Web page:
By Bria Overs | Word In Black
(WIB) – Health issues are all too common in the Black community. And Tabatha Carr, the Oklahoma City-based naturopathic doctor behind Good Girl Chocolate, knows this on a personal level.
At 16, Carr’s doctor prescribed her a blood pressure medication. She was a teenager weighing over 200 pounds and wearing a size 22.
Despite her efforts to make positive lifestyle changes, at 30- years- old, she went from one blood pressure medication to three, was diagnosed with pre-diabetes, and struggled with hormonal challenges.
With her family’s history of health issues — including heart attacks, dialysis, and hysterectomies — she had to make a choice: opt for surgery and more medication, or make a significant lifestyle change.
Her health journey led to her shedding 80 pounds and finding a lifelong mission of helping women with health experiences similar to her own. She works with those struggling with anxiety, stress, diabetes, high blood pressure, and weight loss.
And it’s led to her founding a business, too. In 2018, she launched Good Girl Chocolate, a brand with treats that are dairy-free, gluten-free, soy-free, preservative-free, and made with non-GMO organic plant-based sweeteners.
“Basically, it doesn’t have any ingredient in it that would cause inflammation in the body,” she says.
She sees her business as a way to help people experience the pleasures of chocolate without guilt. And it hasn’t been easy, with hurdles to jump over, like the COVID-19 pandemic.
“I wanted to bring something to my community and the world that’s actually clean,” Carr told Word In Black. “When we think about indulging in sweets or desserts, we typically think we can only eat them occasionally. I want folks to know that chocolate can taste good and still be clean.”
The New Farm-to-Table Is Bean-to-Bar
Good Girl Chocolate carries a range of products, like milk chocolates, dark chocolates, and brownie bars with five ingredients or less. Carr roasts and grinds her cocoa beans for an overall three-day process.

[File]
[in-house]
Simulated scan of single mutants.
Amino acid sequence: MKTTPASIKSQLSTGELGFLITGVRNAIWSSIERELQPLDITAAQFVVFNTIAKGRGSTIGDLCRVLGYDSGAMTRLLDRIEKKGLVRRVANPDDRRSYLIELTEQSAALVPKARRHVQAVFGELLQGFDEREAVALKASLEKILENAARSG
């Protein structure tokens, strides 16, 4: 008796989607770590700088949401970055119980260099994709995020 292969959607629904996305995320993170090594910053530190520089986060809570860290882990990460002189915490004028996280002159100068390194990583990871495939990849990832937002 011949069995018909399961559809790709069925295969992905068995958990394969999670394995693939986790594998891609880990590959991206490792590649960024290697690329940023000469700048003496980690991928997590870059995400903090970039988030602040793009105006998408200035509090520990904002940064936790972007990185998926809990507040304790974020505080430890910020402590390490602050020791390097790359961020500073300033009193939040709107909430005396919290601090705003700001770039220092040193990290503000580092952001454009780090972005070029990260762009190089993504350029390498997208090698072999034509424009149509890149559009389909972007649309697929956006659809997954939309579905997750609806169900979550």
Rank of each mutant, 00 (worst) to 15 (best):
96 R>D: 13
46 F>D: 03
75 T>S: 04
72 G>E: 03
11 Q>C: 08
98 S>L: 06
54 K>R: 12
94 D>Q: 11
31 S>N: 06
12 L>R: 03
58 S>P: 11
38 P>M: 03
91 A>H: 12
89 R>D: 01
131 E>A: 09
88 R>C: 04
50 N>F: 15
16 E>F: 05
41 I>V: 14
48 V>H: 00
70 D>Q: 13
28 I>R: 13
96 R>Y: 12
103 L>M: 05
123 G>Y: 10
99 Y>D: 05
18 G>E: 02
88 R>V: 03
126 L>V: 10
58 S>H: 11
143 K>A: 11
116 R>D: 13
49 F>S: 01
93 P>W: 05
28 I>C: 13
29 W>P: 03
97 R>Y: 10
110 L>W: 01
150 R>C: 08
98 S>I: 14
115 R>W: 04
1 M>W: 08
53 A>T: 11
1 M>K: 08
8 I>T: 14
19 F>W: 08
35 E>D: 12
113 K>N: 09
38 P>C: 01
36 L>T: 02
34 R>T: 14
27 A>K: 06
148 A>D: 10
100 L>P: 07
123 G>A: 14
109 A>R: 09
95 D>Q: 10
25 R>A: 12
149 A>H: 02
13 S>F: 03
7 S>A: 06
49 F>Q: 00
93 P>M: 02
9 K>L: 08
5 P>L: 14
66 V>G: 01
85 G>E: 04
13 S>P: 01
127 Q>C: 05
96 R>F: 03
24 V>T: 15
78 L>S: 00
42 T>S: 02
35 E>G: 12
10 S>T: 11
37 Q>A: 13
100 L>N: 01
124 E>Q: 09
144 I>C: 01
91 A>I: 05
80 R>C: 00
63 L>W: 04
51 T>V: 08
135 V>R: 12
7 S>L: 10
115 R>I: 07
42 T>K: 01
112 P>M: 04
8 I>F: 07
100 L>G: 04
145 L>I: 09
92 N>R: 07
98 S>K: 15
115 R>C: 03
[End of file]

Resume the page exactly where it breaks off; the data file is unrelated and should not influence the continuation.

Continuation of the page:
“There are very few Black chocolate factories,” she says. “We’re more than just a chocolate company. I’m more than just a chocolatier. We’re a bean-to-bar chocolate factory making chocolate from scratch.”
Good Girl Chocolate opened its factory at the Penn Square Mall in July 2021. The original plan was to open in 2020, but with the pandemic, they had to slow things down.
According to the Federal Reserve, more than 700,000 businesses closed from March to June 2020, accounting for nearly three million job losses. Fortunately, Carr says, she didn’t have to lay off any of her staff or close her business.
While facing the challenges of the pandemic, Carr applied for the BeyGOOD Black-Owned Small Business Impact Fund, a $10,000 grant provided by Beyoncé Knowles-Carter’s public charity foundation.
She remembers applying for it right before the deadline. A few weeks later, she noticed her chocolate on the foundation’s Instagram page.
“That money helped tremendously because we were just ramping up and getting started, and then COVID hit,” she says.
The Future of Good Girl Chocolate
Carr is focused on growing her business and doing it successfully. Her chocolates are now available in the Austin-Bergstrom International Airport in Texas and Tulsa International Airport in Oklahoma.
Her next big launch? Having her products in Whole Foods stores in the southwest region starting in June 2023 and then expanding to stores nationwide.
Good Girl Chocolate was selected to be part of Whole Foods Market’s Local and Emerging Accelerator Program. The program provides partnerships, mentorships, education, and a potential opportunity for financial support of $25,000.
“You just have to be lean. A lot of minority businesses either fail or give up because of the lack of resources and support,” Carr says. “But I know that I not only have something good and fantastic — I have something unique. I have something that stands out in the market, putting me in a very, very good position.”